“You want to spell out what the indemnification applies to, the caps on the indemnification.  This is something that should be clearly expressed in the agreement.”

Scelfo adds that you get reps and warranties to back up the investigation you have done from the seller that says everything is in compliance.  At this point is when you have them indemnify you in the event that is proven to be false.

Gosfield also says that restrictive covenants is also key to include in your acquisition agreement.

“Often, depending on what is being sold, if you are an urgent care center, one of the reasons that you have business is because you are located in a place that is viable.  The buyer is going to say, “I don’t want you going out and setting up something that competes with me.”  So for some period of time, the buyer will prevent the seller from starting an urgent care center with someone else within a defined geographic scope,” she says.

Gosfield adds that the enforceability of these restrictive covenants is on a state-by-state basis.

Take Cover

Scelfo says that there are many pitfalls that can be involved in a transaction, primarily a stock sale, and the acquisition agreement is the way to protect oneself on the tail end of the transaction.  She explains that when trying to protect your newly acquired company, a specific team should be assembled to ensure all of your bases are covered.

“When you are involved in the acquisition of an urgent care clinic or any other healthcare facility, or you’re selling a facility; you need to compile a team that involves a healthcare specific attorney, and whatever consultants are necessary to deal with valuations, and are able to conduct the particular types of due diligence investigations that are needed,” Scelfo says.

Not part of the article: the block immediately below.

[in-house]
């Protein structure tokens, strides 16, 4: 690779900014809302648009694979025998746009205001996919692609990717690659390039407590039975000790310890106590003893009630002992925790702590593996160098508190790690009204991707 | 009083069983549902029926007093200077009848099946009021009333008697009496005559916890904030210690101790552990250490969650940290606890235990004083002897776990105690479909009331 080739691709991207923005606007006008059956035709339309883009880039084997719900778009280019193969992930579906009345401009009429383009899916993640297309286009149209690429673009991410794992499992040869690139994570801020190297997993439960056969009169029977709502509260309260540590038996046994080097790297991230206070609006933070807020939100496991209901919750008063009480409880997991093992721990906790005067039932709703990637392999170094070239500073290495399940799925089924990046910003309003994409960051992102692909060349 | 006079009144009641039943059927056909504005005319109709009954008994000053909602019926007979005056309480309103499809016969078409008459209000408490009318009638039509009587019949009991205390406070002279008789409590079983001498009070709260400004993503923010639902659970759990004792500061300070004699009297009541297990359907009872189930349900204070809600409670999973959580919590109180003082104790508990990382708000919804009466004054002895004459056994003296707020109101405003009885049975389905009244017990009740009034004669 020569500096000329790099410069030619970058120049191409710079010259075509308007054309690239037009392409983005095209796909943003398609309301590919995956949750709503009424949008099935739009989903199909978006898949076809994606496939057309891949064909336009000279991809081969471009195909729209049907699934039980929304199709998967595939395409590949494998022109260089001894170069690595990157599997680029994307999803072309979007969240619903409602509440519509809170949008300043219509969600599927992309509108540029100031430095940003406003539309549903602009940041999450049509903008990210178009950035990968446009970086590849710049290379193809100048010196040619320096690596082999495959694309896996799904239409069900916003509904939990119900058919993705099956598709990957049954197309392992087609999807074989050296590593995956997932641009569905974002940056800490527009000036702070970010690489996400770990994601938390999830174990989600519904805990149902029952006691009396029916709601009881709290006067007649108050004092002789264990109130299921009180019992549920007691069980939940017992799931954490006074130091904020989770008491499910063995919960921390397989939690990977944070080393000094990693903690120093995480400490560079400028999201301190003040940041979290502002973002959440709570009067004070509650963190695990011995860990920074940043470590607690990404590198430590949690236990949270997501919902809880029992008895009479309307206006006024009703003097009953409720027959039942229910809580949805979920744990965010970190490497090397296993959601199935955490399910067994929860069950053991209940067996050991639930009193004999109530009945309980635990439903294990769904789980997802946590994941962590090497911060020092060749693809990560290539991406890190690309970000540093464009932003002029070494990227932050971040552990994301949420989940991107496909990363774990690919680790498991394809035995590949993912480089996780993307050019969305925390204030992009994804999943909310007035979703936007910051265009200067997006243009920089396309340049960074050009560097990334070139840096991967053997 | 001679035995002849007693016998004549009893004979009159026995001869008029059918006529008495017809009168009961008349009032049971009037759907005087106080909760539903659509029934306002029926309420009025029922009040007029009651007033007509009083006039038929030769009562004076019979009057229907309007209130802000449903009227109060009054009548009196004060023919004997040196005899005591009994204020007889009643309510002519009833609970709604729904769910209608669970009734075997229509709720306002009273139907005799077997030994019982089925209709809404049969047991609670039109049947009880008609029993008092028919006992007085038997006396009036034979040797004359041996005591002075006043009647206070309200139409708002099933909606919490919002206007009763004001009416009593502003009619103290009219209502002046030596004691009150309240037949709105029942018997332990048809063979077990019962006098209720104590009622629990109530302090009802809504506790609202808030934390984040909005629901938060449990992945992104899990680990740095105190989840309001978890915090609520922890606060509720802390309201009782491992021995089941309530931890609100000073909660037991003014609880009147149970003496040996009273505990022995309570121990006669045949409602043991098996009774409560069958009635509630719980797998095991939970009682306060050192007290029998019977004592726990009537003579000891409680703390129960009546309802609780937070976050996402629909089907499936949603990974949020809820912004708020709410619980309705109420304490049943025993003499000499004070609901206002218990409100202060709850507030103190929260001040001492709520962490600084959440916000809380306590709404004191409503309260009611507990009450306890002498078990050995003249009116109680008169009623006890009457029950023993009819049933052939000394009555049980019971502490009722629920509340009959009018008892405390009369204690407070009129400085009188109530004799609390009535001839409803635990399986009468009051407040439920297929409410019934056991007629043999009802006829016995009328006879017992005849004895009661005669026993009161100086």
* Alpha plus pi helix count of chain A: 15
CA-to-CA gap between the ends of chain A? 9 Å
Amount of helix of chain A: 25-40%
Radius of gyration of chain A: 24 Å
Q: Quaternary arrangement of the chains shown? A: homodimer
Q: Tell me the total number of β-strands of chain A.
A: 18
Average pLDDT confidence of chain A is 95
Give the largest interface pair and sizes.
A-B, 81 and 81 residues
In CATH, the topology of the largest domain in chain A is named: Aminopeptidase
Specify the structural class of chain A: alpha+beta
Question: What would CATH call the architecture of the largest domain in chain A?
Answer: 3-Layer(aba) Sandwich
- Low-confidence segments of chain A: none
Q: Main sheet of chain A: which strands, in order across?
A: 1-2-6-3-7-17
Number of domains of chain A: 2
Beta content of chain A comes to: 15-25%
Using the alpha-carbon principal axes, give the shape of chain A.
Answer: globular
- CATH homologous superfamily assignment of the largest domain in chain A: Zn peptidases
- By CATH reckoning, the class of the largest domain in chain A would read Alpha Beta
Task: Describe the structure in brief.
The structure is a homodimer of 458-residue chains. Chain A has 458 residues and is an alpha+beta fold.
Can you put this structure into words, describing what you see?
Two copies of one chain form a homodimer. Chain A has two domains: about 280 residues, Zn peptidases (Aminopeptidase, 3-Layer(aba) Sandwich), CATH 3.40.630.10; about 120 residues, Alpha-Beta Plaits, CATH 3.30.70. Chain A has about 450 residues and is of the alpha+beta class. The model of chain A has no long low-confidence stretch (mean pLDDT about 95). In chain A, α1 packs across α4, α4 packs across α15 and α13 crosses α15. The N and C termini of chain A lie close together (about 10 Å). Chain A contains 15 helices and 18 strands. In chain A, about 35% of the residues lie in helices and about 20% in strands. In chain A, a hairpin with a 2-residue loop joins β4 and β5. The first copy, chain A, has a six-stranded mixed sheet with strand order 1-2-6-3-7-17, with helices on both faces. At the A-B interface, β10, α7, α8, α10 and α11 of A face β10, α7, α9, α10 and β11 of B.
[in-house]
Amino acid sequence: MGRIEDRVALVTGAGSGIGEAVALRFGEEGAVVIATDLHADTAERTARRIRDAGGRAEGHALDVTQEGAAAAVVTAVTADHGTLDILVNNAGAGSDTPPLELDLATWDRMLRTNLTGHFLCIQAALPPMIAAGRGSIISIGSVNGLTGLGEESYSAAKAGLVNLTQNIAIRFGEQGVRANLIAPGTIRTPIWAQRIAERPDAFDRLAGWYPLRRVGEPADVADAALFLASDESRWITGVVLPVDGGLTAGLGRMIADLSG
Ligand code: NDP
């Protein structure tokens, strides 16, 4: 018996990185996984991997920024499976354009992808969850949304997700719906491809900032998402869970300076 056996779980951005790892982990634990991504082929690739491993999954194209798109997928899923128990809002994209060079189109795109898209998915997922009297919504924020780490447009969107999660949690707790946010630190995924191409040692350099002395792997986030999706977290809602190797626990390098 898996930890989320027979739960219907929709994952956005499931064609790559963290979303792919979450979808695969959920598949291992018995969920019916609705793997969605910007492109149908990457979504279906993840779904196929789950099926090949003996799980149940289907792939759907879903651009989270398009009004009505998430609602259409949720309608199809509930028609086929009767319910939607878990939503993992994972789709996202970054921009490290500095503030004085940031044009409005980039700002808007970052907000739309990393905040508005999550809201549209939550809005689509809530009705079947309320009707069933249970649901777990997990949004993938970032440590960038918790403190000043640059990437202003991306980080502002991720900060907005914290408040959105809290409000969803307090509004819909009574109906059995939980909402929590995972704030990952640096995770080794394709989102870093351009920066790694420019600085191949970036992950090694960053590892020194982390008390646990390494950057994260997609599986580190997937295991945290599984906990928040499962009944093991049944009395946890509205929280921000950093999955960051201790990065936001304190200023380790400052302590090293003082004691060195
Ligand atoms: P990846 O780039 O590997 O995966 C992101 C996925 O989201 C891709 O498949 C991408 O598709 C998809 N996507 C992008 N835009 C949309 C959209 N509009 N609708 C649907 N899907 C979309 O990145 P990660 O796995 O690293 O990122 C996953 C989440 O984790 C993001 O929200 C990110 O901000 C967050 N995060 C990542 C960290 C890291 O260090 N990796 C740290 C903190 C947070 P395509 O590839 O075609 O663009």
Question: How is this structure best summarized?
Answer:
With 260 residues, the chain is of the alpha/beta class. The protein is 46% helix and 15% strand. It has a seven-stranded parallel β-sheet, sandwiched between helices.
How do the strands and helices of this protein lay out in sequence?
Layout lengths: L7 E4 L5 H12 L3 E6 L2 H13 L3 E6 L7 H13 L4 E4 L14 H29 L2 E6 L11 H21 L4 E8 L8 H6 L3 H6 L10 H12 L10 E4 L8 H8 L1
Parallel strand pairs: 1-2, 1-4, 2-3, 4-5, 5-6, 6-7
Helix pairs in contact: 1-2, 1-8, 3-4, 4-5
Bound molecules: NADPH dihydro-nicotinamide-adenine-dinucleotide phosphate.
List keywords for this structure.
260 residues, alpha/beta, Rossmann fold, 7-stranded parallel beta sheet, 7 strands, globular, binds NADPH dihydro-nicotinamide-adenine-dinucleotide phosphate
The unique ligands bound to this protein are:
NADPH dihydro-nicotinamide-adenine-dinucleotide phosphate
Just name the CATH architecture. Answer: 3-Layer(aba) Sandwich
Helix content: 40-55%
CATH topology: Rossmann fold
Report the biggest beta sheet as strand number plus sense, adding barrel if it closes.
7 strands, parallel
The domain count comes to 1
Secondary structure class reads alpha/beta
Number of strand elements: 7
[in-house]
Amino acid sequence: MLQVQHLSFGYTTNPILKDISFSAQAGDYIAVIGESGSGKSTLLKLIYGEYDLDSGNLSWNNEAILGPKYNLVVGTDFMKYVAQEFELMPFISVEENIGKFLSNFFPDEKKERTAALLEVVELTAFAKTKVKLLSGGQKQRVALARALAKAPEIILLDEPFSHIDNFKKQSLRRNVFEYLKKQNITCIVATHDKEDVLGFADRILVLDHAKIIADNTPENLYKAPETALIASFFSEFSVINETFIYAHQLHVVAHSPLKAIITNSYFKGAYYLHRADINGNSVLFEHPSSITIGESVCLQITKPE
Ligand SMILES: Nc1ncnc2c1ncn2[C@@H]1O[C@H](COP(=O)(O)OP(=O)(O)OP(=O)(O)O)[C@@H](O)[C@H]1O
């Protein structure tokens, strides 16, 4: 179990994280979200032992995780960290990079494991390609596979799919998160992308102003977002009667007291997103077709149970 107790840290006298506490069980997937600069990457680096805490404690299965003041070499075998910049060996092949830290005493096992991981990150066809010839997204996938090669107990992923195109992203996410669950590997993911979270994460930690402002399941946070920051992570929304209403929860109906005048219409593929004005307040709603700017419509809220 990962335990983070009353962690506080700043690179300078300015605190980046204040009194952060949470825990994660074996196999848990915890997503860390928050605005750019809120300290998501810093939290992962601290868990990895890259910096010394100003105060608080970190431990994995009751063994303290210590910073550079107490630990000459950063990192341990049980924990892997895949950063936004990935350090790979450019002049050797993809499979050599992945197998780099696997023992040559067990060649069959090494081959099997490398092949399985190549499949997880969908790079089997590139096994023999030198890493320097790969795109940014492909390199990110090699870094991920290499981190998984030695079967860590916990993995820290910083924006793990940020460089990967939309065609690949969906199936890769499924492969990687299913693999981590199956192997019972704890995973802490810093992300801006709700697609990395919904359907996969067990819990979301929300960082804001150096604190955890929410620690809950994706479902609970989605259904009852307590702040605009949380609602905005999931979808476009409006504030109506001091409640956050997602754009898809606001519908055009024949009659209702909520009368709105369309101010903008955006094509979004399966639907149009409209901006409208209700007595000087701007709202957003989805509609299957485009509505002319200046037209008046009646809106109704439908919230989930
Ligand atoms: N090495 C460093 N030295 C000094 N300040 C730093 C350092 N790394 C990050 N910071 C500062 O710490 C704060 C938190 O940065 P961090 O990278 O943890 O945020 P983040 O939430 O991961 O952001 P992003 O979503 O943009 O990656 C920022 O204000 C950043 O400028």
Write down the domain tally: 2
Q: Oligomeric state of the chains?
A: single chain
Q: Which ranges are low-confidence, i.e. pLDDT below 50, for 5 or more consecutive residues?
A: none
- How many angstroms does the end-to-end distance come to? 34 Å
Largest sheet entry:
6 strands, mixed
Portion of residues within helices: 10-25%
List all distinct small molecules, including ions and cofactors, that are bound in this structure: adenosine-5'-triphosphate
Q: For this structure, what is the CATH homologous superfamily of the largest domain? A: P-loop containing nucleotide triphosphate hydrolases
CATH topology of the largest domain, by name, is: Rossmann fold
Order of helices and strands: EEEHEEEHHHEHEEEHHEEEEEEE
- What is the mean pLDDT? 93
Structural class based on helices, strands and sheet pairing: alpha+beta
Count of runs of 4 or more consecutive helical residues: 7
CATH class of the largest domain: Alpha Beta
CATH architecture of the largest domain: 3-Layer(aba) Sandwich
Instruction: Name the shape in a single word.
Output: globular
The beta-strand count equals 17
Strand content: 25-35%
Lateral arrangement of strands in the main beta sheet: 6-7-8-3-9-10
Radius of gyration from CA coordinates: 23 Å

According to Scelfo, in transactions the biggest pitfalls are that there are so many regulations that apply and that could potentially cause there to be very significant penalties, potentially even jail time if they are not complied with.

“If you are the purchaser buying the stock in a facility and you haven’t conducted a thorough enough evaluation of their billing practices and coding, their methods of operations to see if they run afoul of any of the healthcare regulations, you could find yourself on the tail end of the deal closing and then finding out you are liable because you now own that company and that company conducted the business that resulted in the violation, even though it happened before your time of ownership,” Scelfo says.

“You need protection on the front end by investigating, you need protection on the back end by requiring the indemnity obligation.”

Allen & Gooch is providing this legal update for informational purposes only. This article should not be construed as legal advice or a legal opinion as to any specific facts or circumstances. You should consult your own attorney concerning your particular situation and any specific legal questions you may have.